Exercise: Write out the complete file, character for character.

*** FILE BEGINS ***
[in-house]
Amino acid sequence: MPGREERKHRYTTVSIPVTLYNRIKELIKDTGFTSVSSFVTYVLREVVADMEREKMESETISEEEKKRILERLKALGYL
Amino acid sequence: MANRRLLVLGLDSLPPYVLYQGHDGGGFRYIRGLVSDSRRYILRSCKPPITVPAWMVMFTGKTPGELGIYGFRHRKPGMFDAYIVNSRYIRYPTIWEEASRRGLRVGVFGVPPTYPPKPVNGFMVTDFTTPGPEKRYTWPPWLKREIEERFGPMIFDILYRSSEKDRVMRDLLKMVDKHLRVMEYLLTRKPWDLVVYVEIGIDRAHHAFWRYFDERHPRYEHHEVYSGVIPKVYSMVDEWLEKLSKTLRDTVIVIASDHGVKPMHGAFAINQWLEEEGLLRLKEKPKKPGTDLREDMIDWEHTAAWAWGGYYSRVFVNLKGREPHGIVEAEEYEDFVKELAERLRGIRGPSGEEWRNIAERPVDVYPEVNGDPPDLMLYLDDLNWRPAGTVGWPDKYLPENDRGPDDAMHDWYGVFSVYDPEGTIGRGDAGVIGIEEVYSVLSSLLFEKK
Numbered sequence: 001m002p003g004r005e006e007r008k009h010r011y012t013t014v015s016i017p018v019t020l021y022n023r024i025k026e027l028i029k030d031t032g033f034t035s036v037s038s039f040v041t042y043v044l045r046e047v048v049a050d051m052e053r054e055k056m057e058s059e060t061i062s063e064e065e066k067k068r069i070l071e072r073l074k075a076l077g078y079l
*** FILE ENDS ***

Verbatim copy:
[in-house]
Amino acid sequence: MPGREERKHRYTTVSIPVTLYNRIKELIKDTGFTSVSSFVTYVLREVVADMEREKMESETISEEEKKRILERLKALGYL
Amino acid sequence: MANRRLLVLGLDSLPPYVLYQGHDGGGFRYIRGLVSDSRRYILRSCKPPITVPAWMVMFTGKTPGELGIYGFRHRKPGMFDAYIVNSRYIRYPTIWEEASRRGLRVGVFGVPPTYPPKPVNGFMVTDFTTPGPEKRYTWPPWLKREIEERFGPMIFDILYRSSEKDRVMRDLLKMVDKHLRVMEYLLTRKPWDLVVYVEIGIDRAHHAFWRYFDERHPRYEHHEVYSGVIPKVYSMVDEWLEKLSKTLRDTVIVIASDHGVKPMHGAFAINQWLEEEGLLRLKEKPKKPGTDLREDMIDWEHTAAWAWGGYYSRVFVNLKGREPHGIVEAEEYEDFVKELAERLRGIRGPSGEEWRNIAERPVDVYPEVNGDPPDLMLYLDDLNWRPAGTVGWPDKYLPENDRGPDDAMHDWYGVFSVYDPEGTIGRGDAGVIGIEEVYSVLSSLLFEKK
Numbered sequence: 001m002p003g004r005e006e007r008k009h010r011y012t013t014v015s016i017p018v019t020l021y022n023r024i025k026e027l028i029k030d031t032g033f034t035s036v037s038s039f040v041t042y043v044l045r046e047v048v049a050d051m052e053r054e055k056m057e058s059e060t061i062s063e064e065e066k067k068r069i070l071e072r073l074k075a076l077g078y079l